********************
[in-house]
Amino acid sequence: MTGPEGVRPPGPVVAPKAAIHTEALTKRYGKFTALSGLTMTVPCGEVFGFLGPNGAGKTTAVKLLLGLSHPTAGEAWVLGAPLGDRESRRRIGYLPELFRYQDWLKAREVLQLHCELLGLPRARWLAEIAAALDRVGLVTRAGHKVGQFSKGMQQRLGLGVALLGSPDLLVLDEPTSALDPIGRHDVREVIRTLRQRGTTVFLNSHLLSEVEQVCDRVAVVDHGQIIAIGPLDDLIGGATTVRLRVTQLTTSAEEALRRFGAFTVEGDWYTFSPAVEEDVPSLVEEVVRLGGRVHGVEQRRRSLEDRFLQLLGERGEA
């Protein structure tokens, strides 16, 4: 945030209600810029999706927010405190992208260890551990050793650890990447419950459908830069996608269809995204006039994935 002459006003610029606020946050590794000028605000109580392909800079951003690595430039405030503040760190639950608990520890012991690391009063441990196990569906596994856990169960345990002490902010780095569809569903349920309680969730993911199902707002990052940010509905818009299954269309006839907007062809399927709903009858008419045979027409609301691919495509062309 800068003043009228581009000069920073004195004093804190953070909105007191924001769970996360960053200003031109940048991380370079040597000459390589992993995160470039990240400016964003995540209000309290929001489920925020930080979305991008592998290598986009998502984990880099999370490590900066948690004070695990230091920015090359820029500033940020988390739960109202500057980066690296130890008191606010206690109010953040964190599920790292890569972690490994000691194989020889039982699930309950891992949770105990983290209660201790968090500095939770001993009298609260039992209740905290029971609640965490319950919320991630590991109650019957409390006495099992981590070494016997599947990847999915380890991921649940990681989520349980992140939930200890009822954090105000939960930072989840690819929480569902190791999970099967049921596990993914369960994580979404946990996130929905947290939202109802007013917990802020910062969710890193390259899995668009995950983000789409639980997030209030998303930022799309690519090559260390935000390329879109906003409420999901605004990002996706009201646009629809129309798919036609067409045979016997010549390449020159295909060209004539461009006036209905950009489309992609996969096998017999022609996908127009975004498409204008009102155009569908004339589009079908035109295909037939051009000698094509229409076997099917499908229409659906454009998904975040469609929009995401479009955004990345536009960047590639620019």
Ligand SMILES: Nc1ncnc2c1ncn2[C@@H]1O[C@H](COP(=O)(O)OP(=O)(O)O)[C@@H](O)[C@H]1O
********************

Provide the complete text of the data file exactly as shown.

[in-house]
Amino acid sequence: MTGPEGVRPPGPVVAPKAAIHTEALTKRYGKFTALSGLTMTVPCGEVFGFLGPNGAGKTTAVKLLLGLSHPTAGEAWVLGAPLGDRESRRRIGYLPELFRYQDWLKAREVLQLHCELLGLPRARWLAEIAAALDRVGLVTRAGHKVGQFSKGMQQRLGLGVALLGSPDLLVLDEPTSALDPIGRHDVREVIRTLRQRGTTVFLNSHLLSEVEQVCDRVAVVDHGQIIAIGPLDDLIGGATTVRLRVTQLTTSAEEALRRFGAFTVEGDWYTFSPAVEEDVPSLVEEVVRLGGRVHGVEQRRRSLEDRFLQLLGERGEA
């Protein structure tokens, strides 16, 4: 945030209600810029999706927010405190992208260890551990050793650890990447419950459908830069996608269809995204006039994935 002459006003610029606020946050590794000028605000109580392909800079951003690595430039405030503040760190639950608990520890012991690391009063441990196990569906596994856990169960345990002490902010780095569809569903349920309680969730993911199902707002990052940010509905818009299954269309006839907007062809399927709903009858008419045979027409609301691919495509062309 800068003043009228581009000069920073004195004093804190953070909105007191924001769970996360960053200003031109940048991380370079040597000459390589992993995160470039990240400016964003995540209000309290929001489920925020930080979305991008592998290598986009998502984990880099999370490590900066948690004070695990230091920015090359820029500033940020988390739960109202500057980066690296130890008191606010206690109010953040964190599920790292890569972690490994000691194989020889039982699930309950891992949770105990983290209660201790968090500095939770001993009298609260039992209740905290029971609640965490319950919320991630590991109650019957409390006495099992981590070494016997599947990847999915380890991921649940990681989520349980992140939930200890009822954090105000939960930072989840690819929480569902190791999970099967049921596990993914369960994580979404946990996130929905947290939202109802007013917990802020910062969710890193390259899995668009995950983000789409639980997030209030998303930022799309690519090559260390935000390329879109906003409420999901605004990002996706009201646009629809129309798919036609067409045979016997010549390449020159295909060209004539461009006036209905950009489309992609996969096998017999022609996908127009975004498409204008009102155009569908004339589009079908035109295909037939051009000698094509229409076997099917499908229409659906454009998904975040469609929009995401479009955004990345536009960047590639620019």
Ligand SMILES: Nc1ncnc2c1ncn2[C@@H]1O[C@H](COP(=O)(O)OP(=O)(O)O)[C@@H](O)[C@H]1O